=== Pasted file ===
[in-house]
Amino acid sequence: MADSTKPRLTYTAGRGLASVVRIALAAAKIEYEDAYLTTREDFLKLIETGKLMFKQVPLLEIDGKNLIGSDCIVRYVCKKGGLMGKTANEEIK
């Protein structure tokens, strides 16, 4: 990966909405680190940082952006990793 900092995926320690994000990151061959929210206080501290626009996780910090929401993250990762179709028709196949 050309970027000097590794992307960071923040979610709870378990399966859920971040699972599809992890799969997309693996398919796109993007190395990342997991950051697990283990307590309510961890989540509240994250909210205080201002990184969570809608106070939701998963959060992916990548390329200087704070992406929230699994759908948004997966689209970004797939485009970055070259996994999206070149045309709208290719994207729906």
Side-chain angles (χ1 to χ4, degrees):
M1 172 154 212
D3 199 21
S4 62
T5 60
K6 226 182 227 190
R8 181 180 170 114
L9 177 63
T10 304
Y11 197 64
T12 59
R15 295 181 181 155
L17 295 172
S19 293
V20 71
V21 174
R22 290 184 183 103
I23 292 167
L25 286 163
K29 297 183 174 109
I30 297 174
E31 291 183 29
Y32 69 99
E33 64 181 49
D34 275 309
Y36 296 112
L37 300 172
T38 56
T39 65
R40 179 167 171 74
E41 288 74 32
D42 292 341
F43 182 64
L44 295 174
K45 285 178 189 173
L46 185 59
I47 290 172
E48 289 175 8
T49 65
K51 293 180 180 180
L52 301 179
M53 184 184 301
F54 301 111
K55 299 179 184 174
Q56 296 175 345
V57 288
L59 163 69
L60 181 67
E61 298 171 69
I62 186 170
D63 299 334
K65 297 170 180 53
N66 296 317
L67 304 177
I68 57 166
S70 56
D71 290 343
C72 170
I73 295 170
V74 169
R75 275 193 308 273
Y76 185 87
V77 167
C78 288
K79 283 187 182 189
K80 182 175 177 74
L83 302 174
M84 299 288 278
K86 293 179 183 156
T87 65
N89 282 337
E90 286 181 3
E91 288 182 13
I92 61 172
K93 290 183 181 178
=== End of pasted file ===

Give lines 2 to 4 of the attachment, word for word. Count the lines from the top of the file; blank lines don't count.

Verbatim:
Amino acid sequence: MADSTKPRLTYTAGRGLASVVRIALAAAKIEYEDAYLTTREDFLKLIETGKLMFKQVPLLEIDGKNLIGSDCIVRYVCKKGGLMGKTANEEIK
């Protein structure tokens, strides 16, 4: 990966909405680190940082952006990793 900092995926320690994000990151061959929210206080501290626009996780910090929401993250990762179709028709196949 050309970027000097590794992307960071923040979610709870378990399966859920971040699972599809992890799969997309693996398919796109993007190395990342997991950051697990283990307590309510961890989540509240994250909210205080201002990184969570809608106070939701998963959060992916990548390329200087704070992406929230699994759908948004997966689209970004797939485009970055070259996994999206070149045309709208290719994207729906």
Side-chain angles (χ1 to χ4, degrees):